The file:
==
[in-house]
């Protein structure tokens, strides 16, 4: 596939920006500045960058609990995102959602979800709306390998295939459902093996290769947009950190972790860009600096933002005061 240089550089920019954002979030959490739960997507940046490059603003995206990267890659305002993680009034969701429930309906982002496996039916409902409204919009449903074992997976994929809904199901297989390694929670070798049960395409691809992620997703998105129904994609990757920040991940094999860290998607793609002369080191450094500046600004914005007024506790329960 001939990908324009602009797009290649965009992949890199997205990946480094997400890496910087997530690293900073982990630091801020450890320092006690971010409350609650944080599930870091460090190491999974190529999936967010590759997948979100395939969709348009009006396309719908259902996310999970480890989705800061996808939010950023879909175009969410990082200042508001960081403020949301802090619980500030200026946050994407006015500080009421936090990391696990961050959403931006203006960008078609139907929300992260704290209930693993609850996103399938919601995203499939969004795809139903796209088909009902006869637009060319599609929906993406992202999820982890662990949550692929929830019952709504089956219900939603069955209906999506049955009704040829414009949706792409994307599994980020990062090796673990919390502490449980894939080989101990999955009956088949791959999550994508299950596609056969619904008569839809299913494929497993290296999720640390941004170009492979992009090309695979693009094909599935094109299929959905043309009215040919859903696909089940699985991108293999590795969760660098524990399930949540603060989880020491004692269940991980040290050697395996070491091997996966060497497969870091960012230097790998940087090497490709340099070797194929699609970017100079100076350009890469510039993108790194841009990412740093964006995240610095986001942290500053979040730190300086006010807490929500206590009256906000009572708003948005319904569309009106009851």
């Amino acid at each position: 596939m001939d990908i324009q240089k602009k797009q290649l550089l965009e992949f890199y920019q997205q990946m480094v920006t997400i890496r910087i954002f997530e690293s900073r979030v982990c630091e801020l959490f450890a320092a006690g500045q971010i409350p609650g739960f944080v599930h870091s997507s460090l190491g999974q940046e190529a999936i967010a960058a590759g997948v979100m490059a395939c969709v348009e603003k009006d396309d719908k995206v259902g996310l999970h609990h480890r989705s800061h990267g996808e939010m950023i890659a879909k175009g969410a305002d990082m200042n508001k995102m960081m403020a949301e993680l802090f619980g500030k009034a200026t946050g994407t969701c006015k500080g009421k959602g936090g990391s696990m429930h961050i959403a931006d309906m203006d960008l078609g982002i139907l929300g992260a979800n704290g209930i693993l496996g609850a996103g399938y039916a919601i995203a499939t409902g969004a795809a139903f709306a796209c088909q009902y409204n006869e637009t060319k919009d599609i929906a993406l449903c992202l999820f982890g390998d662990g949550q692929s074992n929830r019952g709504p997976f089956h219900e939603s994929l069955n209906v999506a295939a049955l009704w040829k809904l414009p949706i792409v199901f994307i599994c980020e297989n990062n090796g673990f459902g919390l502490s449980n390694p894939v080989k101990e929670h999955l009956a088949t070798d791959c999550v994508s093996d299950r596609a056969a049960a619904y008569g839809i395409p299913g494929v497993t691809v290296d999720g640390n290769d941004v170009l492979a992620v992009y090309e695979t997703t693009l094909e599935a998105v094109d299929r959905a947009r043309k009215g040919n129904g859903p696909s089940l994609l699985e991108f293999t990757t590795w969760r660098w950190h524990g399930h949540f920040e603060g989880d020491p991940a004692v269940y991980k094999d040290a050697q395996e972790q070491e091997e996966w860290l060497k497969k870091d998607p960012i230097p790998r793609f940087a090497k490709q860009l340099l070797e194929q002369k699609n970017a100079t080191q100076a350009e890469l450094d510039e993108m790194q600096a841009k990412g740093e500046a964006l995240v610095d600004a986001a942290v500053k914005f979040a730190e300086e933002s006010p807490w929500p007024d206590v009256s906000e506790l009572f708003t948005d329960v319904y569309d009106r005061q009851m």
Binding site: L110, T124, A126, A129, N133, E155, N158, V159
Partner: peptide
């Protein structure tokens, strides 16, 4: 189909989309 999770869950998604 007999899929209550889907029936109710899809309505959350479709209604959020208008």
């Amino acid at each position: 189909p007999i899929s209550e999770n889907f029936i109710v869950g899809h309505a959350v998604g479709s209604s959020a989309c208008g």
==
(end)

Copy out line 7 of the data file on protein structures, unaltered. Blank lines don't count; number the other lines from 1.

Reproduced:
């Amino acid at each position: 189909p007999i899929s209550e999770n889907f029936i109710v869950g899809h309505a959350v998604g479709s209604s959020a989309c208008g």